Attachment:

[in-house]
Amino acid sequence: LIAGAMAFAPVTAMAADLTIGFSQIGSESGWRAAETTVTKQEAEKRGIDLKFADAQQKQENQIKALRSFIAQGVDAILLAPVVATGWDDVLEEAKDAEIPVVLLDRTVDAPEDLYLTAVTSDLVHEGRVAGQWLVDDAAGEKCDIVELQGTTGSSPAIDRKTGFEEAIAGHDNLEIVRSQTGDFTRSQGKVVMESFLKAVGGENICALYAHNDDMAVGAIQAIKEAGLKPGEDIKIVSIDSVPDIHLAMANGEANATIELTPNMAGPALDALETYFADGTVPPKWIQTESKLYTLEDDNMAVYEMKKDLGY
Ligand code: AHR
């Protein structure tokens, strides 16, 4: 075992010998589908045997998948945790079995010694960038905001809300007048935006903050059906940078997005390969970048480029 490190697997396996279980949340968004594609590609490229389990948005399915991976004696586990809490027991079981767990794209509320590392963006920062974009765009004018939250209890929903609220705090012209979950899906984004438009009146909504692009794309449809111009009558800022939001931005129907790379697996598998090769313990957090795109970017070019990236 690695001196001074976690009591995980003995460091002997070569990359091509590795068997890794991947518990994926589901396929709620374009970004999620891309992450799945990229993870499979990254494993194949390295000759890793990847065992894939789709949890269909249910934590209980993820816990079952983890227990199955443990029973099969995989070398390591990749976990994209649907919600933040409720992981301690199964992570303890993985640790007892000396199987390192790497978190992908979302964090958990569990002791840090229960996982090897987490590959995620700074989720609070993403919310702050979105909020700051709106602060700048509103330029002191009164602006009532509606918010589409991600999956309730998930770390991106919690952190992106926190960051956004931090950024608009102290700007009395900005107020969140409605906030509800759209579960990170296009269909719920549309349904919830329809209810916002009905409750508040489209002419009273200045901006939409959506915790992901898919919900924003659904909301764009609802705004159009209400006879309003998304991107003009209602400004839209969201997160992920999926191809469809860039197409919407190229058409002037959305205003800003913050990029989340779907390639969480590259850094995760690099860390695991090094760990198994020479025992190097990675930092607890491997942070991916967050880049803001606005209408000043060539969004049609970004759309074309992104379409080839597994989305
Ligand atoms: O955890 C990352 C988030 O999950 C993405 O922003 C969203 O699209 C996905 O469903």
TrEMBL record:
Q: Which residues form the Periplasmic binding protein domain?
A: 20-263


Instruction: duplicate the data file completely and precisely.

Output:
[in-house]
Amino acid sequence: LIAGAMAFAPVTAMAADLTIGFSQIGSESGWRAAETTVTKQEAEKRGIDLKFADAQQKQENQIKALRSFIAQGVDAILLAPVVATGWDDVLEEAKDAEIPVVLLDRTVDAPEDLYLTAVTSDLVHEGRVAGQWLVDDAAGEKCDIVELQGTTGSSPAIDRKTGFEEAIAGHDNLEIVRSQTGDFTRSQGKVVMESFLKAVGGENICALYAHNDDMAVGAIQAIKEAGLKPGEDIKIVSIDSVPDIHLAMANGEANATIELTPNMAGPALDALETYFADGTVPPKWIQTESKLYTLEDDNMAVYEMKKDLGY
Ligand code: AHR
């Protein structure tokens, strides 16, 4: 075992010998589908045997998948945790079995010694960038905001809300007048935006903050059906940078997005390969970048480029 490190697997396996279980949340968004594609590609490229389990948005399915991976004696586990809490027991079981767990794209509320590392963006920062974009765009004018939250209890929903609220705090012209979950899906984004438009009146909504692009794309449809111009009558800022939001931005129907790379697996598998090769313990957090795109970017070019990236 690695001196001074976690009591995980003995460091002997070569990359091509590795068997890794991947518990994926589901396929709620374009970004999620891309992450799945990229993870499979990254494993194949390295000759890793990847065992894939789709949890269909249910934590209980993820816990079952983890227990199955443990029973099969995989070398390591990749976990994209649907919600933040409720992981301690199964992570303890993985640790007892000396199987390192790497978190992908979302964090958990569990002791840090229960996982090897987490590959995620700074989720609070993403919310702050979105909020700051709106602060700048509103330029002191009164602006009532509606918010589409991600999956309730998930770390991106919690952190992106926190960051956004931090950024608009102290700007009395900005107020969140409605906030509800759209579960990170296009269909719920549309349904919830329809209810916002009905409750508040489209002419009273200045901006939409959506915790992901898919919900924003659904909301764009609802705004159009209400006879309003998304991107003009209602400004839209969201997160992920999926191809469809860039197409919407190229058409002037959305205003800003913050990029989340779907390639969480590259850094995760690099860390695991090094760990198994020479025992190097990675930092607890491997942070991916967050880049803001606005209408000043060539969004049609970004759309074309992104379409080839597994989305
Ligand atoms: O955890 C990352 C988030 O999950 C993405 O922003 C969203 O699209 C996905 O469903």
TrEMBL record:
Q: Which residues form the Periplasmic binding protein domain?
A: 20-263